And who would be strengthened by this Trump troublemaking, would be the hardliners in Iran. Who could then use this as a reason to pull out of the deal, or could give them leverage in the next elections. I mean, there are a lot of things that could strengthen the very elements in Iran that we should be not strengthening.
PAUL JAY: It’s a mutually advantageous dance of death.
MEDEA BENJAMIN: That’s right. It’s the extreme right on both sides supporting each other.
PAUL JAY: And giving each other a reason to exist.
In terms of the critique of Iran as being, to use Giuliani’s words, Pence’s words, all of them, really –- Iran is the greatest source of international terrorism. Is there any evidence of that?
MEDEA BENJAMIN: Well, I would certainly say that the Saudis are the greatest source of international terrorism. But now Iran has become caught up, as we talked about before, in these proxy wars. It’s the Saudis that are supporting the Sunni extremists. But Iran now is very much involved, even if they weren’t in the beginning.
I mean, just take the war in Yemen, which gets very little coverage in the US press. I don’t think the Iranians were involved at all in the beginning, when the Saudis looked at the… one of the factions inside Yemen. The Houthis, and said, oh, they’re a proxy for Iran, and that’s why we’re going to go in there. And they’ve been doing this just tremendous bombing campaign for the last 20 months.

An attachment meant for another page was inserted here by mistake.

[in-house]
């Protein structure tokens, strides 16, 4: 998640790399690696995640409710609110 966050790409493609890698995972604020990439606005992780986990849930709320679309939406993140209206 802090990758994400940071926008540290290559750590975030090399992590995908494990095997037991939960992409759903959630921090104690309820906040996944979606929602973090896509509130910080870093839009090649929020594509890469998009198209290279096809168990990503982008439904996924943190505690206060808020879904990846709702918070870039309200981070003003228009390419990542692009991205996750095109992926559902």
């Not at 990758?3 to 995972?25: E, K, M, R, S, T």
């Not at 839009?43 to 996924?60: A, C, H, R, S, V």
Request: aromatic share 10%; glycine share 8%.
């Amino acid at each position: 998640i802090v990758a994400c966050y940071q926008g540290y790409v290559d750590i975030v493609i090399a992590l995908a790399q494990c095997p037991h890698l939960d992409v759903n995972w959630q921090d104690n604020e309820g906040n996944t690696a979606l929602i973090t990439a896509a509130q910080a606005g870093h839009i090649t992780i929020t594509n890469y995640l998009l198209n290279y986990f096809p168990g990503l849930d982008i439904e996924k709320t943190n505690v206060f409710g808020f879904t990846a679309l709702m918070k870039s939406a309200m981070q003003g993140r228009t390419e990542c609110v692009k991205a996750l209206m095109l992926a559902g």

Iran eventually has to get involved, or feels it has to get involved, but I think that’s a result of the Saudis’ initial bombing campaign.
PAUL JAY: Is there any evidence of Iranian-sponsored terrorist attacks on the United States, or conspiring to? There was one kerfuffle in Florida, but it turned out to be nothing.
MEDEA BENJAMIN: As far as I know, there is nothing at all. All of the terrorist attacks of the United States, have been somehow involved with a group that is Sunni-influenced, and many of them can be traced back in one way or another to Saudi Arabia.
PAUL JAY: When they talk about Iranian-sponsored terrorism, they don’t say so, because they claim it’s attacking the United States. What they really mean is Hezbollah.
They don’t like the fact there’s a military force on the border of Israel that can actually defy Israeli power. Which Hezbollah did in Lebanon, and essentially defeated an Israeli invasion. That’s what they really have it on.